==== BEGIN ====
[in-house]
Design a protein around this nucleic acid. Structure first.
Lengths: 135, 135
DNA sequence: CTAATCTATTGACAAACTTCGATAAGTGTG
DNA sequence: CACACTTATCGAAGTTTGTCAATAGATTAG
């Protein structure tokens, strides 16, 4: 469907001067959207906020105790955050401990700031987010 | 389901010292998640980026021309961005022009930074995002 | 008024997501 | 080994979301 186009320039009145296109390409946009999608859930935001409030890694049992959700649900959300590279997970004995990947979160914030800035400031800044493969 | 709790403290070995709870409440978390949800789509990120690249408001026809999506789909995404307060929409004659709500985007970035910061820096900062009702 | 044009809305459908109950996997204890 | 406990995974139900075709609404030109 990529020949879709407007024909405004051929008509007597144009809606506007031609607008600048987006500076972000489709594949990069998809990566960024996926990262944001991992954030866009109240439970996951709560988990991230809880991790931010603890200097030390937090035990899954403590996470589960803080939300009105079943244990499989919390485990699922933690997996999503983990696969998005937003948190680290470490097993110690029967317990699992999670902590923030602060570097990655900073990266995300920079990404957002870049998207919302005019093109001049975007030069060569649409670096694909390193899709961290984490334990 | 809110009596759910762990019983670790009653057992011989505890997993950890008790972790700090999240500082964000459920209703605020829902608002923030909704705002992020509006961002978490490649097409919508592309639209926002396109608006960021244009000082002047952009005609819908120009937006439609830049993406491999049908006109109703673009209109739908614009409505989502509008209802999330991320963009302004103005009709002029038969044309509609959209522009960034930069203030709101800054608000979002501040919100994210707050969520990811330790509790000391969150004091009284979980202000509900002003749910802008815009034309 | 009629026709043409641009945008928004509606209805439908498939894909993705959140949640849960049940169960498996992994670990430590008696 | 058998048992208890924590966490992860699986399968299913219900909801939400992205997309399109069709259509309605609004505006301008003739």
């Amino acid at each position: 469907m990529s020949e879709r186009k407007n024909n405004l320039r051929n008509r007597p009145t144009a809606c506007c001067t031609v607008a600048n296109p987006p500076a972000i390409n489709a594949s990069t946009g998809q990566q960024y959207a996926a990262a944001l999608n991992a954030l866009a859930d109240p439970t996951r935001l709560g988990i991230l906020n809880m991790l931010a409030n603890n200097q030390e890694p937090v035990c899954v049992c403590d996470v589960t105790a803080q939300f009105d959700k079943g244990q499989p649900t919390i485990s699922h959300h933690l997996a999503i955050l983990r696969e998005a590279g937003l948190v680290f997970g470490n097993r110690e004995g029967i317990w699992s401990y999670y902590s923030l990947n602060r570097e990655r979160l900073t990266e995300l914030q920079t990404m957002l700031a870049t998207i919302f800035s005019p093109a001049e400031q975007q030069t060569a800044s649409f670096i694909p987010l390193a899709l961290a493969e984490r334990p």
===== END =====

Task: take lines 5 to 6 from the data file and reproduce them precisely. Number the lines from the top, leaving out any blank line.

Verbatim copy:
DNA sequence: CACACTTATCGAAGTTTGTCAATAGATTAG
């Protein structure tokens, strides 16, 4: 469907001067959207906020105790955050401990700031987010 | 389901010292998640980026021309961005022009930074995002 | 008024997501 | 080994979301 186009320039009145296109390409946009999608859930935001409030890694049992959700649900959300590279997970004995990947979160914030800035400031800044493969 | 709790403290070995709870409440978390949800789509990120690249408001026809999506789909995404307060929409004659709500985007970035910061820096900062009702 | 044009809305459908109950996997204890 | 406990995974139900075709609404030109 990529020949879709407007024909405004051929008509007597144009809606506007031609607008600048987006500076972000489709594949990069998809990566960024996926990262944001991992954030866009109240439970996951709560988990991230809880991790931010603890200097030390937090035990899954403590996470589960803080939300009105079943244990499989919390485990699922933690997996999503983990696969998005937003948190680290470490097993110690029967317990699992999670902590923030602060570097990655900073990266995300920079990404957002870049998207919302005019093109001049975007030069060569649409670096694909390193899709961290984490334990 | 809110009596759910762990019983670790009653057992011989505890997993950890008790972790700090999240500082964000459920209703605020829902608002923030909704705002992020509006961002978490490649097409919508592309639209926002396109608006960021244009000082002047952009005609819908120009937006439609830049993406491999049908006109109703673009209109739908614009409505989502509008209802999330991320963009302004103005009709002029038969044309509609959209522009960034930069203030709101800054608000979002501040919100994210707050969520990811330790509790000391969150004091009284979980202000509900002003749910802008815009034309 | 009629026709043409641009945008928004509606209805439908498939894909993705959140949640849960049940169960498996992994670990430590008696 | 058998048992208890924590966490992860699986399968299913219900909801939400992205997309399109069709259509309605609004505006301008003739």